I considered if we had any alternatives to making a last stand in the tunnel. We could run to the next intersection and take another tunnel, but if they were managing to track us anyway, that wouldn’t help.
I could try to bring down the tunnel behind us. The Rocket suit could do it, but I’d have to punch the wall or ceiling. It might land on me.
My laser was powerful enough to punch holes in the ceiling, but I’d still have to be close to cut any appreciable amount of rock.
Plus, with the artificial earthquake we’d just experienced, I wasn’t sure I wanted to risk messing with the tunnel’s structural integrity.
That left bots and hand to hand combat. Remembering how well that went in the Landing fight, it didn’t make me feel confident. I only had ten EMPbots left and 28 goobots. I had a bunch of standard bots, but they hadn’t been effective.
Raising my arm and pointing it down the tunnel, I told them, “I’m going to send off a spybot to find out how many we’re facing.”
“Good idea,” Marcus stared into the tunnel’s darkness. “I’m not sure how we do this except that I’m going to have to be careful. Back home, guns aren’t much of a problem for me. Here, their guns cut through me in a second. I can put myself back together, but it takes more out of me.”
Tikki bit her lip. “Are you sure you should be part of it? I might be able to hold them by myself. I’ve been using my powers more lately and I think I might be able to freeze them in time and keep them here.”
Marcus frowned. “But what about you? Wouldn’t you have to stay for that to work?”
Tikki looked up at him, eyes wide. “Yes, but I think maybe that I can keep the field here and run away. It would be my first time, but I’ve almost worked out how.”
Shaking his head, Marcus said, “But you’ve never tried it before. Don’t. If you’re going into a fight, you’re going to want to know what you can do. We can’t depend on something you’re trying for the first time.”
In my HUD, the feed from the spybot showed the dark, gray stone of the tunnel for a while, but then a human-shaped figure appeared. An Ascendancy soldier stood waiting as more approached, all of them in combat gear.
I counted twenty soldiers, three four-handers and one more guy—Agent 957. I recognized him from the broadcast he’d made telling us to surrender.
That seemed like ages ago and while he looked the same—the same square jaw, light brown skin, and red and black armored uniform—he also looked worse.
The uniform had scrapes across its armored plates. Dirt stained the fabric. He had taken off his helmet and a look at his face revealed a man with bags under his eyes with the expression of a man whose favorite football team was losing.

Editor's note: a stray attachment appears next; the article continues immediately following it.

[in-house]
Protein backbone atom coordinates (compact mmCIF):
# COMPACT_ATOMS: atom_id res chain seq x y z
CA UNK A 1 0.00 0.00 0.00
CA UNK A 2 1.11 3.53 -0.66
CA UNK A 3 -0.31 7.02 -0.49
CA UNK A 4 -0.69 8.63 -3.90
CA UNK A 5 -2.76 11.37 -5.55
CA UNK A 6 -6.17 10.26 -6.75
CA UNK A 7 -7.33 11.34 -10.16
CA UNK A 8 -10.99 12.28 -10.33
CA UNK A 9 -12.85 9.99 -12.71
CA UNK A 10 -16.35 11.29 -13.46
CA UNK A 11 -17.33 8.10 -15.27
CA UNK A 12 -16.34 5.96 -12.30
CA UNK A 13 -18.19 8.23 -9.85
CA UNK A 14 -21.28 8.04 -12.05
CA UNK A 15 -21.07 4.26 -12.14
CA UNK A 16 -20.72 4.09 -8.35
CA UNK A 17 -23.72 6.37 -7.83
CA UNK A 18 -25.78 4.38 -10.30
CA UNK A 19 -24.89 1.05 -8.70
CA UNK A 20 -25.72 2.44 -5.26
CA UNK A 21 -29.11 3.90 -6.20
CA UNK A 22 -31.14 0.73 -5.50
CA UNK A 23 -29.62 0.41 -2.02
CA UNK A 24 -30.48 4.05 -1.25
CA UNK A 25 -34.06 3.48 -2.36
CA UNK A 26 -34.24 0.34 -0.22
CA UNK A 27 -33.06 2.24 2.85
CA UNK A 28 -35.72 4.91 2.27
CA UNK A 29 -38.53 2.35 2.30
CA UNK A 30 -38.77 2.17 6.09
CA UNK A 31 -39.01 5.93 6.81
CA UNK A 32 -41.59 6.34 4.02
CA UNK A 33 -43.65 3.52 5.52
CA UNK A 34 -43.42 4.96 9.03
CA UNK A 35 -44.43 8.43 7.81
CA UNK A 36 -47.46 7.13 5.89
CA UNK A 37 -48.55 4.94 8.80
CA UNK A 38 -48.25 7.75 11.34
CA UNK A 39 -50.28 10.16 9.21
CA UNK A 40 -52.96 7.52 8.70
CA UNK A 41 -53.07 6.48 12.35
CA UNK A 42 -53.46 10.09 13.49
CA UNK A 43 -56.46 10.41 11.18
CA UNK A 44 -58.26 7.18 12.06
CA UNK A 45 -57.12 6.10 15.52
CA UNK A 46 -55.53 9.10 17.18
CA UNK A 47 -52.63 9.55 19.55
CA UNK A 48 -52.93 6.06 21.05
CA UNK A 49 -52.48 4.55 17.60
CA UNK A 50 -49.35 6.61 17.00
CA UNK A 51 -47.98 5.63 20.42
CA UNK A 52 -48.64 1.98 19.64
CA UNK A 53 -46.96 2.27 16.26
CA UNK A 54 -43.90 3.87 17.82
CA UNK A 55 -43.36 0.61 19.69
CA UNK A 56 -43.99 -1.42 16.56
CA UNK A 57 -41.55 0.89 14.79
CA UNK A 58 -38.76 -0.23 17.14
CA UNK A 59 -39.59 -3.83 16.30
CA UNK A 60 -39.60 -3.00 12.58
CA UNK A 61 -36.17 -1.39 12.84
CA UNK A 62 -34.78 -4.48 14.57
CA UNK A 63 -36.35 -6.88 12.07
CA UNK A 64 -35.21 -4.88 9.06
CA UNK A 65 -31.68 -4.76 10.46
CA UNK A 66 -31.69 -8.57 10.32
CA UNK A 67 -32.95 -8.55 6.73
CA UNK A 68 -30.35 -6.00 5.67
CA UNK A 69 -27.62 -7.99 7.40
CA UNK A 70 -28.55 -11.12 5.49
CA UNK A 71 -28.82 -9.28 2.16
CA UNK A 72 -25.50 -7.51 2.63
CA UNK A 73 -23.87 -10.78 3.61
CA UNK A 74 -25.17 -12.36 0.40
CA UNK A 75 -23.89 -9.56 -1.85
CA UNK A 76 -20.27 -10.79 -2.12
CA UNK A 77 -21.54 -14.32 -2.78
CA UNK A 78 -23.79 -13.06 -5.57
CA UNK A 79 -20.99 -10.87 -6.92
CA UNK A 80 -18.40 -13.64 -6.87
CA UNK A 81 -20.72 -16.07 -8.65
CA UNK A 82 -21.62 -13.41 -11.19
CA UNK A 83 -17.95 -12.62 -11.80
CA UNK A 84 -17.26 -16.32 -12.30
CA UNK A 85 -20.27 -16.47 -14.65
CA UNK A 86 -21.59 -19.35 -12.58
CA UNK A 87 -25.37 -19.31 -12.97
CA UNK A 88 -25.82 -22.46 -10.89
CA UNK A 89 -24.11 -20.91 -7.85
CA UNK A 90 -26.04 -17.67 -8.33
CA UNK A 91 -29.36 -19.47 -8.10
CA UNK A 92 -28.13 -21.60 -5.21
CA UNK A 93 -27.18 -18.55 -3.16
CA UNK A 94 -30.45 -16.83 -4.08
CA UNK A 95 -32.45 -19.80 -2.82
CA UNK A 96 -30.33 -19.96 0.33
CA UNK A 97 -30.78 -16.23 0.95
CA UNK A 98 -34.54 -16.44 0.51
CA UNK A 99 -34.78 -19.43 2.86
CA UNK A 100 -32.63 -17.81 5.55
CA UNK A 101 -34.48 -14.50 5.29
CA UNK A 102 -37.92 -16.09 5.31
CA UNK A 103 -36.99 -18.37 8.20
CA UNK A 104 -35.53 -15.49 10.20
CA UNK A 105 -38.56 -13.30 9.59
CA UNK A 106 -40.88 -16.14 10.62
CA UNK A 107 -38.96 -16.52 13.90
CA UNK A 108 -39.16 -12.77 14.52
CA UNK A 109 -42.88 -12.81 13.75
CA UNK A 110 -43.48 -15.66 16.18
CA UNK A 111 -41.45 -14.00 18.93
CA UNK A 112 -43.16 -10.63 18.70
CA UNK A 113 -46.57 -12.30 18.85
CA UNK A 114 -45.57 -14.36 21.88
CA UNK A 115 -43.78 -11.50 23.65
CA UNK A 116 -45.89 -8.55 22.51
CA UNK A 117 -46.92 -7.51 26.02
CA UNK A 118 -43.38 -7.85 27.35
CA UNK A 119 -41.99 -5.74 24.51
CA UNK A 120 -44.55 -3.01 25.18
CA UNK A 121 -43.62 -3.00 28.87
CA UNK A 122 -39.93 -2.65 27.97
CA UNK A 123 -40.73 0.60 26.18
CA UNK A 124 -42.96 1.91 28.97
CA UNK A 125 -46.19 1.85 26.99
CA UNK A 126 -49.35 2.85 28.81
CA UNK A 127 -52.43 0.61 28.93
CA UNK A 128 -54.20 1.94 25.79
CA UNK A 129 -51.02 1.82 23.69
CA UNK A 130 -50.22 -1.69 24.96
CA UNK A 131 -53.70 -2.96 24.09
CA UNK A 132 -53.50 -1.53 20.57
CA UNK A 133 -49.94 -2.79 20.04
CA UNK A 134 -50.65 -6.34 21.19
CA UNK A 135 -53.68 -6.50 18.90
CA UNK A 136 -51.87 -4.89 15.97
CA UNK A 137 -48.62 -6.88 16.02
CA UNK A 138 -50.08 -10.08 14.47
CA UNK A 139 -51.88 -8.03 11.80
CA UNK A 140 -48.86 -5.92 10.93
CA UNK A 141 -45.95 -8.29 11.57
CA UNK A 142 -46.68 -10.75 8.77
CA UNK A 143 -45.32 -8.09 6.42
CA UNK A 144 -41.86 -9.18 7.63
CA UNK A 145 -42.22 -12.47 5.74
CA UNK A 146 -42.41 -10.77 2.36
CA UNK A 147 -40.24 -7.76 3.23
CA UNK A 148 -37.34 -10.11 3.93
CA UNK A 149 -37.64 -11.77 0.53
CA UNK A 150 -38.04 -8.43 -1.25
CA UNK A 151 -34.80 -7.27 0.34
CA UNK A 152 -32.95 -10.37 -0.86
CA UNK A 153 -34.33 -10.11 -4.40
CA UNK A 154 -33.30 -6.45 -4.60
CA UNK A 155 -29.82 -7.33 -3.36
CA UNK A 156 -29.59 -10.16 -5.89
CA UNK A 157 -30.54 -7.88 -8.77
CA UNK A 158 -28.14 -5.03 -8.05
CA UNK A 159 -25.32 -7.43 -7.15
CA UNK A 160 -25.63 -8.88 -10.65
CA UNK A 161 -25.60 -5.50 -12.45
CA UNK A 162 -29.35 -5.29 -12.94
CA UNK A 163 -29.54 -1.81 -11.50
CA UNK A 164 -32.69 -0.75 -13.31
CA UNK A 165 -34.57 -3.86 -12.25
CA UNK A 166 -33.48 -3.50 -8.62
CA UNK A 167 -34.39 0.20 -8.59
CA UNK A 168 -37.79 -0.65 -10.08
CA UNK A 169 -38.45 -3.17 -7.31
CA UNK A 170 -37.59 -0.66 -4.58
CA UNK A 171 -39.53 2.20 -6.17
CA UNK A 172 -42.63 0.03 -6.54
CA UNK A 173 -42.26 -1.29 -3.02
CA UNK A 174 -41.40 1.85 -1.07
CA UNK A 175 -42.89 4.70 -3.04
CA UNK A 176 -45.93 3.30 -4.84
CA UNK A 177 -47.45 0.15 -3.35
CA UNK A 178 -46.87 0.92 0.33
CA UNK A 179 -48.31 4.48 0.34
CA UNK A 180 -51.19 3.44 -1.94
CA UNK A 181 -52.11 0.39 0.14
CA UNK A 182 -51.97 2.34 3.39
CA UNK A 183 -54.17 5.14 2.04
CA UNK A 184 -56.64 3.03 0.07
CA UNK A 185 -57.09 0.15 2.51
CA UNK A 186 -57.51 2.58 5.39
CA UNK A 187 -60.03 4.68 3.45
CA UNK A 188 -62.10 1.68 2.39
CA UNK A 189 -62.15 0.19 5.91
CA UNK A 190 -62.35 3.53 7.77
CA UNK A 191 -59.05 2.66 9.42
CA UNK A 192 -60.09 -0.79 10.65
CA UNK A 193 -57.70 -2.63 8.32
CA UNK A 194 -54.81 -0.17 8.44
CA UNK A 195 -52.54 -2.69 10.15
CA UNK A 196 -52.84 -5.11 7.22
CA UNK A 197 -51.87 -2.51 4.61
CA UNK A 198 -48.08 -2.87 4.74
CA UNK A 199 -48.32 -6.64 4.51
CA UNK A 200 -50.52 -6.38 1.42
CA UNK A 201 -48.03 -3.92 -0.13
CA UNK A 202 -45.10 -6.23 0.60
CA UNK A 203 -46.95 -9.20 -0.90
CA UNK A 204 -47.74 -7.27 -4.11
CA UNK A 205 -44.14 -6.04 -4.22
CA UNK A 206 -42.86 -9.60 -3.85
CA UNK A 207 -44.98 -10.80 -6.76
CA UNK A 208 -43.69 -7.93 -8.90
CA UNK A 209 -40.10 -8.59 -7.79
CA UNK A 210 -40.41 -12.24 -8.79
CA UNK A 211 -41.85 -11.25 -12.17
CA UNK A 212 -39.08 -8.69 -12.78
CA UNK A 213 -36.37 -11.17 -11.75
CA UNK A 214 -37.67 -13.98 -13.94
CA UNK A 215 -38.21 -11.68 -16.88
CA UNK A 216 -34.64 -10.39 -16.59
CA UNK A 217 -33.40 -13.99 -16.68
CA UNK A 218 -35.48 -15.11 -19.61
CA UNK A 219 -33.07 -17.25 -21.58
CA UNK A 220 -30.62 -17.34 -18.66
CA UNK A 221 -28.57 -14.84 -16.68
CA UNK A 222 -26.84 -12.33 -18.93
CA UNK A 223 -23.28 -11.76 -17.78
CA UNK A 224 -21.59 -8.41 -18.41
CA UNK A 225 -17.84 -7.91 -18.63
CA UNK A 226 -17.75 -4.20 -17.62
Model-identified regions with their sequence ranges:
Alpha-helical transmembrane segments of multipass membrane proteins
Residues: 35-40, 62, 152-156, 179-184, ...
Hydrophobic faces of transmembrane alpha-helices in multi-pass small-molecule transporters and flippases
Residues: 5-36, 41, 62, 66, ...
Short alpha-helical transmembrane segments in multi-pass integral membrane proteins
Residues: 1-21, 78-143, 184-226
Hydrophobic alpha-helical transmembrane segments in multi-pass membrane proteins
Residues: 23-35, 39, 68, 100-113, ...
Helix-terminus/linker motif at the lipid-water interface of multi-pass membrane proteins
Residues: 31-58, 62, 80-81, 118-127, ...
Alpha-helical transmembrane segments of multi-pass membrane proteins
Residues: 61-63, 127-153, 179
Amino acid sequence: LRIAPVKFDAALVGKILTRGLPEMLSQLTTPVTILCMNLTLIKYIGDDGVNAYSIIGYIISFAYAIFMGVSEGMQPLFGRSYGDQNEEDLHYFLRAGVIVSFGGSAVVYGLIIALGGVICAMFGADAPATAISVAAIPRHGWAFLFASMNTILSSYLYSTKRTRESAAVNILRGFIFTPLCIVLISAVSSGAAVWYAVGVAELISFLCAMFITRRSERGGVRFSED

Landing on the ceiling ahead of the group, the spybot picked up enough sound that my implant could translate, “—they’re less than five minutes ahead of us.”
Agent 957 replied, “Then this is it. Move ahead as quickly and as quietly as possible. We’ll attack as soon as we’ve got a clear shot.”
Then he tapped a device on his belt and his suit glowed. My implant identified it as a shield modified from an Abominator design. That wasn’t good news. On the other hand, a killbot went partially through Kamia’s. Maybe his wasn’t as good.
Then he pulled his helmet back on. “Let’s go.”
Unwilling to find out if the four-handers could detect the spybot if they got closer to it, I recalled it. It dropped from the ceiling and flew a few inches from the floor until it was out of their sight.
As it flew back, I told them what I’d seen. “There are around 25 of them, all in armor. There are three four-handers and they probably won’t fight directly, but Agent 957 is with them. I don’t know what he fights like, but it sounds like he’s not open to negotiation. They’re going to shoot us the moment they see us.”
Marcus sighed. “That’s the worst case scenario for me. All I’ve got with that is to spread myself thin around the top of the tunnel and drop on them from above or reform and fire at them from behind when they pass.”
“I think that could work,” I told him. “I’ll be the obvious target. You can hide and do whichever of those fits the situation. I think I can reuse the killbots if I do it right. Maybe I’ll use the EMPbots. Otherwise nothing else affects them—except maybe the laser and I have a limited number of shots with that. Well, the goobots do too, but I don’t have very many now.”
“No!” Tikki turned to me. “You can do more than that. You could—“
And from there she described a way I might be able to modify the EMPbots phase out and through armor. It was an amazing idea, requiring some subtle adjustments, tools I didn’t have on me, and a part I didn’t have either.
I told her so and she said, “Oh, but what about—“ and she described a way I could tweak the killbots to get them past the force field. That was brilliant too, but it required me to take apart the bots which would take longer than five minutes.
And then we had one minute left. My HUD gave me hints of the sound of their footfalls before they appeared, giving us time to get into position and giving me enough time to think about Tikki and how weird it was that a life support engineer with an interest in AI suddenly had insight into my tech.
I had an idea, but no time to pursue it because in seconds, shots rang out and they were upon us.